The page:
March 20, 2012 by staff
Spring Equinox, Across much of the United States, this has been an unusually mild winter, especially for those living east of the Mississippi. Not a few people have noted that spring seems to have come early this year. Of course, in a meteorological sense that could be true, but in 2012 it will also be true in an astronomical sense as well, because this year spring will make its earliest arrival since the late 19th century: 1896, to be exact.
The vernal equinox – the first day of spring – will arrive tomorrow (March 20) at 05:14 Universal Time, or 1:14 a.m. EDT. Even more intriguing is that for those in the Mountain and Pacific Time zones, the equinox will actually arrive tonight (March 19).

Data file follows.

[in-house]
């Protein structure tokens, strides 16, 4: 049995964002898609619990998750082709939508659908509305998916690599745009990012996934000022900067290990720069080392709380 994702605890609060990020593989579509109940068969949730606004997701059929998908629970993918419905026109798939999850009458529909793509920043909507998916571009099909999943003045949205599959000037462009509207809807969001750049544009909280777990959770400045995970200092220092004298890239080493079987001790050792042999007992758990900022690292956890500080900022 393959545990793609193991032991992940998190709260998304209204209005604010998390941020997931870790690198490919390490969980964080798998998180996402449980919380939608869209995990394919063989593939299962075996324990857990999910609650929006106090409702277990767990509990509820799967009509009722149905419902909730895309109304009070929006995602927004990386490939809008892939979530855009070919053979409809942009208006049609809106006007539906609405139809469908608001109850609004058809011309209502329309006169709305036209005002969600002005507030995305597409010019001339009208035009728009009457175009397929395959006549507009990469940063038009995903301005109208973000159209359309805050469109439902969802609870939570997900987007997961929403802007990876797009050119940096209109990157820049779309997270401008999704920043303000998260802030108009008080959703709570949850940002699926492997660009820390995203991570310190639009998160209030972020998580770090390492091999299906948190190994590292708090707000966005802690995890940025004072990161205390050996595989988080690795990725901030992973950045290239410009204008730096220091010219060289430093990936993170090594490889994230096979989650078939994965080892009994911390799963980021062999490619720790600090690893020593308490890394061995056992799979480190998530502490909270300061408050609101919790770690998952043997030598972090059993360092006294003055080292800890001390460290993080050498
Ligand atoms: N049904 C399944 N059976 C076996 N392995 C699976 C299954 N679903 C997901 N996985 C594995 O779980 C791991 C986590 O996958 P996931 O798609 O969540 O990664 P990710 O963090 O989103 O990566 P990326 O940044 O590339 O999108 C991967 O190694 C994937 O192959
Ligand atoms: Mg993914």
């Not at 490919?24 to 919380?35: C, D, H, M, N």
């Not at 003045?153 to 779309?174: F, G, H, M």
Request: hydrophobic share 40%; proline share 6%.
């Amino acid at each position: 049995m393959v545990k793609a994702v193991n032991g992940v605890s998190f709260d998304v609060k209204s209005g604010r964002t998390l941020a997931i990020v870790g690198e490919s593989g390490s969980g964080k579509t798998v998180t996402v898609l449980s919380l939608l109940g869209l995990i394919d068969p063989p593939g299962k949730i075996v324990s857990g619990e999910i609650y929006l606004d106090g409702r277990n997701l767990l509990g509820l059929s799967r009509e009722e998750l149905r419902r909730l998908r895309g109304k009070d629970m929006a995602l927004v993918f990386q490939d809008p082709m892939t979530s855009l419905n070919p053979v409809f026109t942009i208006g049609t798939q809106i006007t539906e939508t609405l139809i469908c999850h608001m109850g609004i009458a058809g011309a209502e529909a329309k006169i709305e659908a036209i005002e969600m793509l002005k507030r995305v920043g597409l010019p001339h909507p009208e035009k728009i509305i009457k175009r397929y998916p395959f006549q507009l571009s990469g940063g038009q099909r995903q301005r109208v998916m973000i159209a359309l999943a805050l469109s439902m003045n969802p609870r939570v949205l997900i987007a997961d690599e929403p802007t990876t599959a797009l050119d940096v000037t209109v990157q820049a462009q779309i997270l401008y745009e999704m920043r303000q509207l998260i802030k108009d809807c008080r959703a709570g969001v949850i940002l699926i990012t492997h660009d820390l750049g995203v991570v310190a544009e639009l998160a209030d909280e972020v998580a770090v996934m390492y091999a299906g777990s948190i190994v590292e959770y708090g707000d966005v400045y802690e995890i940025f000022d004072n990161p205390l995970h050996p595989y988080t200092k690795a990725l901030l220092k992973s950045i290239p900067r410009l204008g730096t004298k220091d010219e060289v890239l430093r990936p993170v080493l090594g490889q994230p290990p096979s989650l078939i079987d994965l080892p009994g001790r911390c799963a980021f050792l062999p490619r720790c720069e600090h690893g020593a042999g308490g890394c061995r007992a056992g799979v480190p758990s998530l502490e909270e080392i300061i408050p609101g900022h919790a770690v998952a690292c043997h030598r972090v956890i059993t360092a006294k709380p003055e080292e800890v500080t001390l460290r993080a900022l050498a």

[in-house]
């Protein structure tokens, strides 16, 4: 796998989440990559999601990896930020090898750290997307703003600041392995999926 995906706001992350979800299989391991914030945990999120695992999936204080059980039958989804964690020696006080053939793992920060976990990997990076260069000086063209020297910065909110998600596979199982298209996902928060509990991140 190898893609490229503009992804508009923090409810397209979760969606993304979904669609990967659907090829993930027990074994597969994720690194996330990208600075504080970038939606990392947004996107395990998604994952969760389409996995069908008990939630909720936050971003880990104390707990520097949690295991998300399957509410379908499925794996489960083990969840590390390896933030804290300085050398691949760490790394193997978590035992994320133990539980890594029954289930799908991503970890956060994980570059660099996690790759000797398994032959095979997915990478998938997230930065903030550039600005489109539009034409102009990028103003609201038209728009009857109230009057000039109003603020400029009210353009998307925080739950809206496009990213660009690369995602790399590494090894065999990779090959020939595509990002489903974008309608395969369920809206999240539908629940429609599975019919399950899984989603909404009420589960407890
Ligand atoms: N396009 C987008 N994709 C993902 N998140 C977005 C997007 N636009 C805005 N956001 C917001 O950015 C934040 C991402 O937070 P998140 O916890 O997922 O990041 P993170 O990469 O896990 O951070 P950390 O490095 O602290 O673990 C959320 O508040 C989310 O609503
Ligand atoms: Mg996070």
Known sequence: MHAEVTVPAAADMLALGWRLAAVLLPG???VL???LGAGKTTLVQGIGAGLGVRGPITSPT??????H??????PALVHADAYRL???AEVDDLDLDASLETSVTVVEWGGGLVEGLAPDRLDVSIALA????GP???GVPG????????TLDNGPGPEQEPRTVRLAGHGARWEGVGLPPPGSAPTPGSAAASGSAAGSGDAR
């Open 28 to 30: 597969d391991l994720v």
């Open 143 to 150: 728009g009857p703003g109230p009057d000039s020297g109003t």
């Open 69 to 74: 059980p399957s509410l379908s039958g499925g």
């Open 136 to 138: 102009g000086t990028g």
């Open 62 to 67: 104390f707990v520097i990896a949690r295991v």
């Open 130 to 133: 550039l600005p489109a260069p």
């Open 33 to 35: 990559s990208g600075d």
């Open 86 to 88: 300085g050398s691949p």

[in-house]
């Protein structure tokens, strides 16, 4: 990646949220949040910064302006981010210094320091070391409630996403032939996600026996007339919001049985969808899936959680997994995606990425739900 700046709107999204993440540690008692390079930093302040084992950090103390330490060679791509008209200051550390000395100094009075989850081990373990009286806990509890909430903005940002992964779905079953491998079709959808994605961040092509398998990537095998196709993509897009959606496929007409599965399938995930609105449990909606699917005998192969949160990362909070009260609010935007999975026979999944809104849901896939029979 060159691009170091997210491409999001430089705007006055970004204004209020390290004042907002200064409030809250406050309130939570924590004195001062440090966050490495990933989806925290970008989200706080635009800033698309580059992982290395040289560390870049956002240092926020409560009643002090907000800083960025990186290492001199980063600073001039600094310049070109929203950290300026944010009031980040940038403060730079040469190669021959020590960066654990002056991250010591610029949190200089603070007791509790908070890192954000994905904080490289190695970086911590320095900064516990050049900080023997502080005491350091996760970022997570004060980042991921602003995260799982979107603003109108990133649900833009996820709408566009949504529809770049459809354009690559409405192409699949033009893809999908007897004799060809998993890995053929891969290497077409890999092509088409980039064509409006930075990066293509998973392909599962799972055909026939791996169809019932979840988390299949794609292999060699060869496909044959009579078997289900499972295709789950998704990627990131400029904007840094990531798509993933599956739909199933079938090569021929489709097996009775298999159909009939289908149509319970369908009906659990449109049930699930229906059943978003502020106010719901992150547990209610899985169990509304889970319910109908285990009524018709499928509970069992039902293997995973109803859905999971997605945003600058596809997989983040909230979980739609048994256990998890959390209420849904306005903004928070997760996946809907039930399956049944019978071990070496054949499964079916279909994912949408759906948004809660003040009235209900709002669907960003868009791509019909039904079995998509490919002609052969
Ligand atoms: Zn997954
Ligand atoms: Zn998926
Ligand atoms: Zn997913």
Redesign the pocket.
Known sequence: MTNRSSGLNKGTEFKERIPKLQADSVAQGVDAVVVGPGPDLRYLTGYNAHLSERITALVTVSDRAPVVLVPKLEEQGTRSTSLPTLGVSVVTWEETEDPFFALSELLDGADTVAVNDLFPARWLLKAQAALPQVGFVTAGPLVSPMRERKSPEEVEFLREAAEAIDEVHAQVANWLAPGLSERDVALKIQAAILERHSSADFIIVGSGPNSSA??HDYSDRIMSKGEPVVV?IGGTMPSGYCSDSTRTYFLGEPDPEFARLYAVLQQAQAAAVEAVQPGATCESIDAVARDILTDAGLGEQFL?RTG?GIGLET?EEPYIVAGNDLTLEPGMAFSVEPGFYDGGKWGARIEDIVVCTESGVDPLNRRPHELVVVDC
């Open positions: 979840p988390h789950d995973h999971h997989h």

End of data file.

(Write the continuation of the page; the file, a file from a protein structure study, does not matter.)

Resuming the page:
Astronomers define an equinox as that moment when the sun arrives at one of two intersection points of the ecliptic (the sun’s path across the sky) and the celestial equator (Earth’s equator projected onto the sky). One such intersection point is located in western Virgo; the sun arrives there on Sept. 22 or 23, and appears to cross the equator from north to south, marking the beginning of autumn in the Northern Hemisphere.
The other intersection point, in eastern Pisces, is where the sun will be tomorrow. The sun is now migrating north of the equator, hence this is the “vernal” or spring equinox. At 5:14 UT next Tuesday, the sun will be shining directly over the equator from the point of view of a spot in the Indian Ocean, 757 miles (1,218 km) southeast of Colombo, Sri Lanka.
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